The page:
Elizabeth Bussey Sowdal
sometimes I make myself crazy. It is almost like I live in my own special place
where as long as there are plenty of cookies and the internet and some good books
and bubble bath I am a happy, happy girl and nothing else matters. Take my 401K
for example. Because that is what is on my mind. When I graduated and got my first
job as a real live nurse I was given a packet of information on the 401K plan.
It seemed complicated to me. I'd never had one before. I knew in theory what it
was, but I was overwhelmed and decided I would think about it later. Me and Scarlet,
"Ah'll think about that tomarrah."|
Well it took me about seven years of
"tomarrahs" before I finally got around to enrolling. As they said when I was
a child, "Owhat Agoo Siam." But I did eventually enroll and just tried not to
think about all the thousands of pre-tax dollars I might have saved but didn't.
Easy come, easy go. What. Ever.
Once I did enroll however, I took to it
like the goose I am to water. I had so much fun with it. Every few months I would
redistribute all my money here and there, adjust my investment percentages, feeling
like a Rockefeller. I did pretty well too and the money began to accumulate. Isn't
it funny that when you don't have much money you can't save a bit, and when you
do start to accumulate some it seems to grow at a rate you wouldn't have believed
in your no-money days?
Then I changed jobs. The place I work now has an
actual human being who comes in once a week to give people help with their 401Ks
and to educate them to make good decisions. He recommended that I put part of
my old 401K into an IRA and part of it into the new 401K so I did. I just called
one company on the list of a few that he gave me and transferred a whole bunch
of money to them. Done and done.
Now, I do listen to and read the news.
I almost never like it, but I try to stay a little bit informed. So, I was aware
of the situation with the mortgage companies and Wall Street and all of that.
I was aware of it in between eating cookies and reading good books and taking
bubble baths. But it really didn't seem very pertinent to me. I just chugged along
each day doing my thing, getting up every morning and making my to-do list. Last
week one of the things on my to-do list was to call the investment company and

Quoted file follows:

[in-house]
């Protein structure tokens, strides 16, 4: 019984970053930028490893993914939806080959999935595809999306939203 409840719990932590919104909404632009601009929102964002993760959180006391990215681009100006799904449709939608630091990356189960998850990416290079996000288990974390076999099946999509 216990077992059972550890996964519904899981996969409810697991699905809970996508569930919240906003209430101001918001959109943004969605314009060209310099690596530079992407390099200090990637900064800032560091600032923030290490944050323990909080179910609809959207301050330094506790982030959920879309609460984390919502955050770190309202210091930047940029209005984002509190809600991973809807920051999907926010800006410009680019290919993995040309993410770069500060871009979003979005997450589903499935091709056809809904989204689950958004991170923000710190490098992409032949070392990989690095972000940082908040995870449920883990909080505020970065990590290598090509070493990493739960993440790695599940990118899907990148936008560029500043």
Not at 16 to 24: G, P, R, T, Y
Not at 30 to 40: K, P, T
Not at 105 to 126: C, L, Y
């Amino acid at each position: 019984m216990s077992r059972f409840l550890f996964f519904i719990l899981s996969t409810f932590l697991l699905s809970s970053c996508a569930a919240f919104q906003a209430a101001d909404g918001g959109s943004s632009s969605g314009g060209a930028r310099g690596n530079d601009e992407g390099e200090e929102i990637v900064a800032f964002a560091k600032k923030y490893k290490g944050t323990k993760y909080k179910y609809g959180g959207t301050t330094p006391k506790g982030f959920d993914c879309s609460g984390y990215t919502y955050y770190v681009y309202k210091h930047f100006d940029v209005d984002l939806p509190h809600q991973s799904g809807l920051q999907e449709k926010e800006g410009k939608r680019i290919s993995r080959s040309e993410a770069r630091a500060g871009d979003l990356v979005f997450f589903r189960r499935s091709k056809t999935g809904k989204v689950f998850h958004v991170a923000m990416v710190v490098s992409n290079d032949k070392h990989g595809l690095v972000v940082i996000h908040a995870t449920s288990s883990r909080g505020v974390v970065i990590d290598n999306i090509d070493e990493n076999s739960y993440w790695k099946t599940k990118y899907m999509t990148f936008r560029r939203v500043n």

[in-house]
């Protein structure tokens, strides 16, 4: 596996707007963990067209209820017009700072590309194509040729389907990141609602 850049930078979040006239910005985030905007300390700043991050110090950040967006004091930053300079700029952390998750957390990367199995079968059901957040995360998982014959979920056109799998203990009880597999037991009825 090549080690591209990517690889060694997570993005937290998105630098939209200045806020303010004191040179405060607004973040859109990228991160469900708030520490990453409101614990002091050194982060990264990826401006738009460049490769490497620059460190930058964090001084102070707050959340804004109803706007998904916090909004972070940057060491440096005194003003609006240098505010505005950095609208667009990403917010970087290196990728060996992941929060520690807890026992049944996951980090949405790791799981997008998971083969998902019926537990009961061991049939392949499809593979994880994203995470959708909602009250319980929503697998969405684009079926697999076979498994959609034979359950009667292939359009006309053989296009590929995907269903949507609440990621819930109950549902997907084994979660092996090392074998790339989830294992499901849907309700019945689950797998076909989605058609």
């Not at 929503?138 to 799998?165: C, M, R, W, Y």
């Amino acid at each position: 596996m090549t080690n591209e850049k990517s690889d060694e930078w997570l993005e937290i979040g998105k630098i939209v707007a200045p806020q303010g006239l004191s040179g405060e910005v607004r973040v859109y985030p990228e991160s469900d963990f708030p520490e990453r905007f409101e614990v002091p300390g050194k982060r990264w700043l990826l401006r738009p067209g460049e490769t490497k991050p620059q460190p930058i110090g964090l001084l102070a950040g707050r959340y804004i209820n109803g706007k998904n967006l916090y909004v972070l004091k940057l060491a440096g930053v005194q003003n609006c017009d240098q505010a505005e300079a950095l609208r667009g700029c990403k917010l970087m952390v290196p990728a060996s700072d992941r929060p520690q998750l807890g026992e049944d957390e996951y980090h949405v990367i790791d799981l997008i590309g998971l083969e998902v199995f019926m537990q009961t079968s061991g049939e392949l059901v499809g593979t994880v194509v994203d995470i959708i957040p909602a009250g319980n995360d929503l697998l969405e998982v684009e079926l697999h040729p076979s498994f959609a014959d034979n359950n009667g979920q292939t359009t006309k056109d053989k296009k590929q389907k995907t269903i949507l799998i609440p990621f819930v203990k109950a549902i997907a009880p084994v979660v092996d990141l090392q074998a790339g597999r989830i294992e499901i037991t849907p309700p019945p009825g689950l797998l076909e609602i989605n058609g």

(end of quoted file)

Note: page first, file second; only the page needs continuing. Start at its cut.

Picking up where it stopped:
make sure that they had my new address. I mean, since we moved about nine months
ago, I thought it might be time to do that.
I called and gave them all
the information and the guy says to me, "I see you have all your money in a cash
account and you might be able to earn more interest if you were to put it in a
different kind of account. Would you like to talk to an advisor." Why, yes sir
indeed I would, sir. Thank you kindly. Since I am on this crazy efficiency kick,
changing my address and all, I might as well just change every little thing I
can change and make gazillions of dollars of free money. My, my, sir, that sounds
Okay. If you spend 45 minutes on the phone with a real, real
nice financial advisor who explains everything to you very clearly and guides
you through the decision making process about what to do with the money that will
keep you from starving to death when you are old and sickly and the last thing
that advisor says to you is, "Now, if you check your account online tomorrow and
notice any little changes, don't freak out," take my advise and freak out. I'm
not sure she used the actual phrase, "freak out," because up to that point she
was completely professional. But she might as well have said it. So, if you find
yourself in this type of situation and you hear any type of professional expression
which might translate, loosely, as "don't freak out," you should immediately say,
"Time out! Cancel that! Put it all back in the cash account."
you are like me, you will have been doing all this the day before, one single
day before the stock market plummets 770 points and you LOSE a huge wad of money.
Money which, while it was languishing in the cash account was actually earning
interest, albeit at a very low rate. A very low rate of interest is like that
old bird in the hand. And all of this because I felt the compulsive need to get
my ducks in a row for once in my life, to be a grown up for goodness sake. Well,
forget that. No more responsible behavior for me. I'm back to cookies and bubble
baths and the stock market can just struggle along without me. And when I am ninety
I am going to buy a pup tent and a sleeping bag and just live on the steps of
the Stock Exchange. I'll starve and freeze to death right where they can see me
and if they tell me to move on, boy are they in for an earful!
"The Girl Detective's
Theory of Everything"
October 22, 2008 Column
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